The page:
On my birthday, one of the gifts I received from my parents was Jim Stark’s Great Lakes Skipper. At his rotary club, my Dad had heard the author speak about his new book. He decided to buy a copy of the book with a personal note.
Over the course of fifteen years, the author researched the Great Lakes where the Connecticut Western Reserve lies. He not only tells facts about the region and how world events impacted it, but he also gives the reader a very good look at his family history.
Stark starts with the treacherous journey fourth-generation grandfather Abel Stark and his family made to the reserve. He continues with them restarting in the region, becoming friends with settlers already in the area then war struck. Abel re-enlisted in the armed forces while his family left to start again closer to the Great Lakes. Stark also included facts about struggles with Indians in the region, the impact of different faiths including Mormonism, the shipping trade, slavery, entrepreneurship of Captain Eben Stark’s son Henry, and much more.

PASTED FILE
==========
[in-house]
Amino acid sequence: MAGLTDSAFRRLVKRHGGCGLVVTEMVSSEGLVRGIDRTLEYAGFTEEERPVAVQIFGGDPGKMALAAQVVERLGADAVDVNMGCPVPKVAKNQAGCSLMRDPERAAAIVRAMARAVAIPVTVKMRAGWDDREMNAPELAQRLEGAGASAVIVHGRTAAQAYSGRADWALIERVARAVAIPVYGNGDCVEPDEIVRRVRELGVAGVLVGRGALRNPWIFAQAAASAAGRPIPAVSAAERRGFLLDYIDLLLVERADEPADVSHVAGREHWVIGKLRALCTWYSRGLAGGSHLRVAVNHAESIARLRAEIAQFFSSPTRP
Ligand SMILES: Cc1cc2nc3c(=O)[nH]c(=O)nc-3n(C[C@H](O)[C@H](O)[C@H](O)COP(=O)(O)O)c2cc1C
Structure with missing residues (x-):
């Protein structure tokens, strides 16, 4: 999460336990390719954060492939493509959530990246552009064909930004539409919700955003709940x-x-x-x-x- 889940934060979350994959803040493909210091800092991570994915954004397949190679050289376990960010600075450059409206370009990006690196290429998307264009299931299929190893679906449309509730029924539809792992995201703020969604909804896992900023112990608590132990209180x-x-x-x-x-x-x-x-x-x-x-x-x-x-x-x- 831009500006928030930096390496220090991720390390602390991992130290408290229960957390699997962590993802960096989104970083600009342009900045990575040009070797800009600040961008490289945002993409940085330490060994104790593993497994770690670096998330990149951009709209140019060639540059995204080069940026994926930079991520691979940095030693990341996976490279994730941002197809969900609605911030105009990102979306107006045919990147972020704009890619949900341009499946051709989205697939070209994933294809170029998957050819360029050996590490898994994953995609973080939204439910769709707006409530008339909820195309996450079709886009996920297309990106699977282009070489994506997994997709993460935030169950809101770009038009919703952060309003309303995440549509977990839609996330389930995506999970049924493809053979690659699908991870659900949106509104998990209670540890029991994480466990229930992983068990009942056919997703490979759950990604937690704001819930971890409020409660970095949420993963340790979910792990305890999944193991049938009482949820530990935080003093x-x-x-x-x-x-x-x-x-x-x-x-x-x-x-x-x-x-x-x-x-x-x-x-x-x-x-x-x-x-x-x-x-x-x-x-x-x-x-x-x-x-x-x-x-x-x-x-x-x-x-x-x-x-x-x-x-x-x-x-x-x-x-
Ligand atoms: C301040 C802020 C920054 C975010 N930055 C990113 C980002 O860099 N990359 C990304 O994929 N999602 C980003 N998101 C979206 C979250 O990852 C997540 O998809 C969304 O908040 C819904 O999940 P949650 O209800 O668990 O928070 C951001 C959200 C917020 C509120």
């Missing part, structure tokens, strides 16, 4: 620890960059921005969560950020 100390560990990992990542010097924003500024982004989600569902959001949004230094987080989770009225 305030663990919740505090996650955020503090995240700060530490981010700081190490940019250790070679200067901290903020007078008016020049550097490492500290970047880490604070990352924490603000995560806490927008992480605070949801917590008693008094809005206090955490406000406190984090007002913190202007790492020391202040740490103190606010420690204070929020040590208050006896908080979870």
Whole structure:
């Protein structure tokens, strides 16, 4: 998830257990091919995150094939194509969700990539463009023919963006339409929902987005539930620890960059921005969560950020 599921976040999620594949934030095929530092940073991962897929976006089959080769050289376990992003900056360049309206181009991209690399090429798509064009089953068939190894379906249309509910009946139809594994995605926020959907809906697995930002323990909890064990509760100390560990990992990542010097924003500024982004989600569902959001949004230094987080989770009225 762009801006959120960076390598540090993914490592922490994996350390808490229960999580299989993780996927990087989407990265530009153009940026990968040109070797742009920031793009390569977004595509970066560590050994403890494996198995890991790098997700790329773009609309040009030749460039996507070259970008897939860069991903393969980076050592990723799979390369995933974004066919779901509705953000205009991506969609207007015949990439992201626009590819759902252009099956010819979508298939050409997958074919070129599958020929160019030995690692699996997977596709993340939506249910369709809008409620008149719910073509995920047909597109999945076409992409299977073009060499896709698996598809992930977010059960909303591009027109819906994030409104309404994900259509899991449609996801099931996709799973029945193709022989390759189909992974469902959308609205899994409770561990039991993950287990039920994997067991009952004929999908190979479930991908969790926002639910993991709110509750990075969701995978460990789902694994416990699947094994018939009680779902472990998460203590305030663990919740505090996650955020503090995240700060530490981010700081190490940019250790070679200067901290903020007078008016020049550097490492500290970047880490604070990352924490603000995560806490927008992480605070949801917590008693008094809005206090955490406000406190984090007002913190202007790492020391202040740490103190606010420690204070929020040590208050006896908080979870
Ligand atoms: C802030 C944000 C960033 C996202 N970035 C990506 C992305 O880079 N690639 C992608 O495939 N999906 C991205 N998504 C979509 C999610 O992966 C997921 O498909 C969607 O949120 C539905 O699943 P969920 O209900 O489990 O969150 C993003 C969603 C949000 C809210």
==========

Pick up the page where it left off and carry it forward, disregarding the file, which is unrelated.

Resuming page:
There are illustrations in the book depicting various people, parts of life like the inside of a school, a map of developing Cleveland, and the depiction of his family’s tree. Plus at the end of each chapter he lists the historic data and the sources he used.
I must admit Stark did a good and thorough job of teaching me about part of Cleveland’s history and the connection it had with the state of Connecticut. Unlike him, I doubt I could have told the story of my family’s history as well as he did. Much less have felt comfortable and up to the task.
Great Lakes Skipper is available in paperback and through Amazon.com’s Kindle Unlimited.